Hope for a breakthrough at Bali trade talks summit at year-end

Hope for a breakthrough at Bali trade talks summit at year-end

Agricultural liberalisation talks have a high chance of success, a senior Indonesian official said last week, in reference to the 9th WTO Ministerial Conference in Bali, from 3-6 December.

The World Trade Organisation conference will be of crucial importance to Indonesia and the 158 other members of the multilateral trading system, said Iman Pambagyo, director of international trade co-operation at Indonesia's Ministry of Trade.

He was optimistic that the conference would be able to get talks on the multilateral trading system back on track - a step closer to the eventual conclusion of the long-delayed Doha Development Agenda (DAA).

The conference will also provide an opportunity for developing countries to address issues concerning agriculture, trade facilitation and development, Pambagyo said in Jakarta, while addressing a visiting group of civil society and media representatives from East Asian countries. He spoke in Jakarta at a debate on "Current and Future Challenges for the Multilateral Trading System - Perspectives from Asia".

"Trade facilitation should be an element of any package adopted in Bali; reducing red-tape and enhancing customs procedures is critical for businesses to tap into global value chains. This conference has the potential to revitalise global trade," he said.

On development issues, Pambagyo said members should try to assist developing countries - especially least-developed countries (LDCs) - to address the challenges of open trade and effectively implement their WTO commitments.

"Failure should not be an option," he said, adding that if members could agree on an agricultural agenda, it would be a vital step in providing food security and jobs for the rural poor. Pambagyo said other ASEAN members also shared this view with Indonesia.

Meanwhile, Keith Rockwell, director of WTO's information and external relations division, said developing countries were expected to benefit if a deal on farm liberalisation - the most politically sensitive issue for both advanced and emerging market economies - could be signed.

Proposals, including export subsidy cuts, have been circulated among WTO members. For example, the G-20, comprised of developed economies and large-emerging market economies, has proposed that developed countries cut export subsidies by 50 per cent by the end of this year, Rockwell said.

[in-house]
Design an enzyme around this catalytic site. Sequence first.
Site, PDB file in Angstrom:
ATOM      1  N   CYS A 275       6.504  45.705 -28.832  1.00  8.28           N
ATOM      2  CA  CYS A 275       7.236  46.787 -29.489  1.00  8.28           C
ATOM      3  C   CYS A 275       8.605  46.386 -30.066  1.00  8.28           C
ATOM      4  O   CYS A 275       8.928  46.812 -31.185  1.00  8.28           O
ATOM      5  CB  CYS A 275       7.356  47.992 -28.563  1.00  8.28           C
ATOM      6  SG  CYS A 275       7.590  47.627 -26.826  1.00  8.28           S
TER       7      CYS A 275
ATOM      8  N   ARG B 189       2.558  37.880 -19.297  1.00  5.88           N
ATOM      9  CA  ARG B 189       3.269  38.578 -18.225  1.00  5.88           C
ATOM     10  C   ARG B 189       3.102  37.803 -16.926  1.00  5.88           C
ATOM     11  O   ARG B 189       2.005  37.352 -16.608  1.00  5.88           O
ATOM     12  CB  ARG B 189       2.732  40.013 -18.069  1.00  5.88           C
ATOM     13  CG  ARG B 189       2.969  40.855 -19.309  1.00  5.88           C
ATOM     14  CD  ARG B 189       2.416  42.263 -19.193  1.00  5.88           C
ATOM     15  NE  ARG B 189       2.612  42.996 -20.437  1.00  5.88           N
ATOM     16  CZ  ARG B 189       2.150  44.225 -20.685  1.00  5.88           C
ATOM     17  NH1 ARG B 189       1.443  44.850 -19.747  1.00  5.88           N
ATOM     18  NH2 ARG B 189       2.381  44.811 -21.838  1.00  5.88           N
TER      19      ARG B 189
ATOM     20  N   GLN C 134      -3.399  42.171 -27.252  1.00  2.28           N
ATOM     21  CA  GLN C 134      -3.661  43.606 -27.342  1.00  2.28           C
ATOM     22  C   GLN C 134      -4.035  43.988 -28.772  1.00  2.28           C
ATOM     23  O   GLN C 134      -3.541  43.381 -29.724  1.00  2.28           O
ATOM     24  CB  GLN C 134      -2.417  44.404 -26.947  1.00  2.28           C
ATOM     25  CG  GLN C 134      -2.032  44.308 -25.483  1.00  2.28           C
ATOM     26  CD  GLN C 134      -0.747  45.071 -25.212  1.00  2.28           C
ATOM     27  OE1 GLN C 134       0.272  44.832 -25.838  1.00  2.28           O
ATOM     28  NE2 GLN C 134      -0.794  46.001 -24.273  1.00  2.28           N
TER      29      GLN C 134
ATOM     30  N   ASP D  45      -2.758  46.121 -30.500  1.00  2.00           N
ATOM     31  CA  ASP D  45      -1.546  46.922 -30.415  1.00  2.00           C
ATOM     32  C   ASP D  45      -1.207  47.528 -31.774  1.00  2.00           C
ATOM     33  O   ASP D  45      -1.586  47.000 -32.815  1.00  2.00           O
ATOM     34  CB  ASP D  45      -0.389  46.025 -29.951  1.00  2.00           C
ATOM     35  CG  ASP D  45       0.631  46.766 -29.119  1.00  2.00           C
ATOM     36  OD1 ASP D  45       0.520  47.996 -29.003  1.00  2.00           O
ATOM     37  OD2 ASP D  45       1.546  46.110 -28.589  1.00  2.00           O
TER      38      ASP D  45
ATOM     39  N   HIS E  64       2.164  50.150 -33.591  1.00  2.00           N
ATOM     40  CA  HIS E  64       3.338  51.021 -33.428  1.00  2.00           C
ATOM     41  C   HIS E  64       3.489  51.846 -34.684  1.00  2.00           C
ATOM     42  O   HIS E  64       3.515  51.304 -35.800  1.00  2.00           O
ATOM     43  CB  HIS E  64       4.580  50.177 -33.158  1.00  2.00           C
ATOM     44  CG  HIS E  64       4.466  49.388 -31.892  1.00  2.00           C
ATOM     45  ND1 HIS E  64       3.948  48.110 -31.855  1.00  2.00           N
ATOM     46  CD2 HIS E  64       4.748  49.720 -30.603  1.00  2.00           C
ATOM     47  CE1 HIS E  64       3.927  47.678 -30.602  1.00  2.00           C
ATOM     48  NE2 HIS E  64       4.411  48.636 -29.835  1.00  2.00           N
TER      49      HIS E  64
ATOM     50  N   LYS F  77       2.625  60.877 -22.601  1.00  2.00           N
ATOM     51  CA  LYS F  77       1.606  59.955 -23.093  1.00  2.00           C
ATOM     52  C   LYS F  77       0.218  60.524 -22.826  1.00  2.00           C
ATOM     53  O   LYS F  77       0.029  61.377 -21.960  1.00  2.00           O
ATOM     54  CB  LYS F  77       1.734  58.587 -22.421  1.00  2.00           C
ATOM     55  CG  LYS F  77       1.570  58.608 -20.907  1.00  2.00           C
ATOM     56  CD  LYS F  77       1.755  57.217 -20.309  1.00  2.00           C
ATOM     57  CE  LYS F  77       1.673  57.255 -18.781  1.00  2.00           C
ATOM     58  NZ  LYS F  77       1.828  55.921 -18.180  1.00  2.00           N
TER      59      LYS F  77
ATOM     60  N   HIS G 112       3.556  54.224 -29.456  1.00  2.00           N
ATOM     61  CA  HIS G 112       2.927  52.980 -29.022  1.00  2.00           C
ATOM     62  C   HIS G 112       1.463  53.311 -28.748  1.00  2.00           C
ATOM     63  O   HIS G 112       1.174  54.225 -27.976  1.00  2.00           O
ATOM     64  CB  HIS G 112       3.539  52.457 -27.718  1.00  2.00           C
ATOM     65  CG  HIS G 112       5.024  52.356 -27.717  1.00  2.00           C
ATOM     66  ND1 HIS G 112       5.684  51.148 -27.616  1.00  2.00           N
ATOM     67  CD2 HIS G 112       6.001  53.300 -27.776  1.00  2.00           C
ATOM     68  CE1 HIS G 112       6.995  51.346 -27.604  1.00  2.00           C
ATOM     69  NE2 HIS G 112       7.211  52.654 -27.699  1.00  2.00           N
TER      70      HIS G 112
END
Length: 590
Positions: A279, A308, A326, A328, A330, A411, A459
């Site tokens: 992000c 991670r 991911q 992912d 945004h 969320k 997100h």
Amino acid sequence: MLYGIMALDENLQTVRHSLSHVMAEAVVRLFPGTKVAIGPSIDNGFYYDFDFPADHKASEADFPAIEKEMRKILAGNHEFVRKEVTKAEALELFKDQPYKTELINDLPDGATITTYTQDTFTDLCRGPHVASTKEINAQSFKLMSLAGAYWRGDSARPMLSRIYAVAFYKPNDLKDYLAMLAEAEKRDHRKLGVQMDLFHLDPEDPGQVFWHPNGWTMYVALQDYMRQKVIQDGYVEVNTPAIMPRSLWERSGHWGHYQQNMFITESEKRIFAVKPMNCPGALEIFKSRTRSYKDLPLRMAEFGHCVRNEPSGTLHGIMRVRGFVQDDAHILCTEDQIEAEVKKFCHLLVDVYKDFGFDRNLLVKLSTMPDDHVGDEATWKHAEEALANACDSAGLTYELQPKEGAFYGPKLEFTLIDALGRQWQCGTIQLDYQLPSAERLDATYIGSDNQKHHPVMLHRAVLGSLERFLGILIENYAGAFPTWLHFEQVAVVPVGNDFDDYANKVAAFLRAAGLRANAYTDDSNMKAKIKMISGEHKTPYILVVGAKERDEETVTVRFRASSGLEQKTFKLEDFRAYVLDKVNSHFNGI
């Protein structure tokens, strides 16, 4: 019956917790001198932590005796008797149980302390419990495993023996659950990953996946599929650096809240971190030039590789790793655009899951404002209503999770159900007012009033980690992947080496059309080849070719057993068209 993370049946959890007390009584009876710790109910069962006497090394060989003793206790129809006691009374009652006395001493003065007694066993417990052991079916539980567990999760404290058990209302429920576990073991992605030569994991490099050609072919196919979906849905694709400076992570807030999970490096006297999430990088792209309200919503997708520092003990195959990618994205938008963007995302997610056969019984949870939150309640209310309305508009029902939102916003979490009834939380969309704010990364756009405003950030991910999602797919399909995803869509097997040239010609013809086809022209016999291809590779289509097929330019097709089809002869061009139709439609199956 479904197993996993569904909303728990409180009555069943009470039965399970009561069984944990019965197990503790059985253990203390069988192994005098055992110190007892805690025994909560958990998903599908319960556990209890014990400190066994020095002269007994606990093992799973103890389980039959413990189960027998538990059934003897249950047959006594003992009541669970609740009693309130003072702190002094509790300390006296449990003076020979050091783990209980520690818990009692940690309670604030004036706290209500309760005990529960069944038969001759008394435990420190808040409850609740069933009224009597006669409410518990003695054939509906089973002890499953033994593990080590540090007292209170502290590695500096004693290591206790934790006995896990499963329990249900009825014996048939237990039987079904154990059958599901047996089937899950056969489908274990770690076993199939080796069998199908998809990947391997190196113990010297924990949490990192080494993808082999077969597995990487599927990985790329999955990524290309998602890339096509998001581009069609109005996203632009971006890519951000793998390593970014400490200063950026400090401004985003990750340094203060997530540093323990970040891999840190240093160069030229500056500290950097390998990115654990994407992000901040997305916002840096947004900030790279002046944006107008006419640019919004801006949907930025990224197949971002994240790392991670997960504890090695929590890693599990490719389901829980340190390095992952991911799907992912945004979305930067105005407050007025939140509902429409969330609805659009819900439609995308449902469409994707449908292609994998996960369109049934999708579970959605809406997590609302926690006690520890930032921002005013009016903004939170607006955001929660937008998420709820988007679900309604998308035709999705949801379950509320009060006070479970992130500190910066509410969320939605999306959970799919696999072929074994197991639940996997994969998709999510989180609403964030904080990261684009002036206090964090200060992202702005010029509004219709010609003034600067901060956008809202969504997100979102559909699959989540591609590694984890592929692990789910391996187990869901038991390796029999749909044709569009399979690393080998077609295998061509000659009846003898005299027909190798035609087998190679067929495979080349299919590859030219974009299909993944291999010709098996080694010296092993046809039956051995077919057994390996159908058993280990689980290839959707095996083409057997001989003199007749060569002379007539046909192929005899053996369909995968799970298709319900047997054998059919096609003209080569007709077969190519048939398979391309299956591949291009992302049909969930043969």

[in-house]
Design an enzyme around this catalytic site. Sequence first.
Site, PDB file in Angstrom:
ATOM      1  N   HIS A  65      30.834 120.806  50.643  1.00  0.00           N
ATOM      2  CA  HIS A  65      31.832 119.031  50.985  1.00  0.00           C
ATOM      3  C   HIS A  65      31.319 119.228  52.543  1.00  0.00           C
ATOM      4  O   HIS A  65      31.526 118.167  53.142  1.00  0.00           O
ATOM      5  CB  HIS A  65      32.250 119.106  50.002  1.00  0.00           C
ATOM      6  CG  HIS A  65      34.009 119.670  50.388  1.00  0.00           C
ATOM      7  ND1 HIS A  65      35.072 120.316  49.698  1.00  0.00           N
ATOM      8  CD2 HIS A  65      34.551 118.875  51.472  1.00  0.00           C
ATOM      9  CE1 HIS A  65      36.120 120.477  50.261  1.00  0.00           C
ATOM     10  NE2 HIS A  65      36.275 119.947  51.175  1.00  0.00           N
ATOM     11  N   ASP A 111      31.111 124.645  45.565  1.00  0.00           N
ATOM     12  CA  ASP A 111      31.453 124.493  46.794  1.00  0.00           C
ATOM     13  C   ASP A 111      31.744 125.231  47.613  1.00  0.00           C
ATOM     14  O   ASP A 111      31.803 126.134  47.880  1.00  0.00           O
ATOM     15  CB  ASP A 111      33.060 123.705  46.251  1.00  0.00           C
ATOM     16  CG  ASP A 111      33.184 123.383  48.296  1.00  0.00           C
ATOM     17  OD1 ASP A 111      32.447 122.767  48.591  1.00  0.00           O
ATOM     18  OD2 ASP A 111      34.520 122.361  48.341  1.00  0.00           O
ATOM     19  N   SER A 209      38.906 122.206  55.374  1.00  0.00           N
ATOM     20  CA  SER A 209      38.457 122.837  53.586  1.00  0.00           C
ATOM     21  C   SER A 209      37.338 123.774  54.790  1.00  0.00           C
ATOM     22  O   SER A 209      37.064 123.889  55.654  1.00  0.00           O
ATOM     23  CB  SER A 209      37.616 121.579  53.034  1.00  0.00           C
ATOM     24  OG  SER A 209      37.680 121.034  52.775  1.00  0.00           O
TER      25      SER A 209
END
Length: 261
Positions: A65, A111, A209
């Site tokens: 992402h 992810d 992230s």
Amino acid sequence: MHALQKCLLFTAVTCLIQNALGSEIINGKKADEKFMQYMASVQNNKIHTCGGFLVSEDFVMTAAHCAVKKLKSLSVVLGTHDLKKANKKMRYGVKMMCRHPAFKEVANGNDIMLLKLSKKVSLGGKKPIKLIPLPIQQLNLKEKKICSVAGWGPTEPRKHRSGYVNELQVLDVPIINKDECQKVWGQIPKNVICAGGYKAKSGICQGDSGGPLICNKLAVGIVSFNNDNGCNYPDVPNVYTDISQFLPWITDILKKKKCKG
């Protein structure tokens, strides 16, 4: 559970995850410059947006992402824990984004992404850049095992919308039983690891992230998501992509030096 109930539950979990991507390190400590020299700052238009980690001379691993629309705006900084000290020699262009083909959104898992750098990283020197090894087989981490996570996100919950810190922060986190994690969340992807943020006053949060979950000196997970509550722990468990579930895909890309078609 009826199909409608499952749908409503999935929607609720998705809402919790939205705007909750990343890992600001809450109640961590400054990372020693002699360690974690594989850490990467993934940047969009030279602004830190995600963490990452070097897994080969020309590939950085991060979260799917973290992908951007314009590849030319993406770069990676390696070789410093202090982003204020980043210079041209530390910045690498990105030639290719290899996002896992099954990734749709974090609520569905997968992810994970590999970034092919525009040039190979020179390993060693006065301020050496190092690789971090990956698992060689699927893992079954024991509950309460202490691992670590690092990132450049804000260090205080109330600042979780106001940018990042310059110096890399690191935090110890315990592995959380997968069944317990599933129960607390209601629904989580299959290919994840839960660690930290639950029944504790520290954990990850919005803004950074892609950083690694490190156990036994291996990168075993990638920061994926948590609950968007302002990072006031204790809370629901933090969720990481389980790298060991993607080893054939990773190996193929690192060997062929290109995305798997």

In addition, the G-20, of which Indonesia is also a member, has asked developing countries to cut their subsidies by 25 per cent by the end of 2013. The group has also called for transparency in tariff-rate quota administration.

The G-33, a group of developing countries, has also put forward a proposal on public stockholding for food security and food aid. The group, which includes China and India, has asked for flexibility on rules governing subsidies, on the grounds of food security.

The projection of economic gains from the Bali round is estimated to be in the range of US$40 billion to $2.6 trillion (Bt1.24-80.95 trillion).

The Organisation for Economic Co-operation and Development (OECD) says a 1 per cent cut in trade costs would result in a $40 billion increase in global incomes, 65 per cent of which would go to developing countries.

The World Bank, meanwhile, estimates that improving customs, transport and communications infrastructure to half the equivalent of Singapore infrastructure would lead to a $2.6 trillion gain in global incomes.

The Bali package, however, represents only five to 10 per cent of the Doha round package, said Rockwell. There is also a risk that ministers won't reach any concrete agreement in Bali. The inability to deliver would raise serious questions about the focus of future WTO Ministerial Conferences, Rockwell said.

"Many big players have said failure to deliver in Bali would mean the death of Doha and undermine the credibility of the WTO's negotiating function," he warned.

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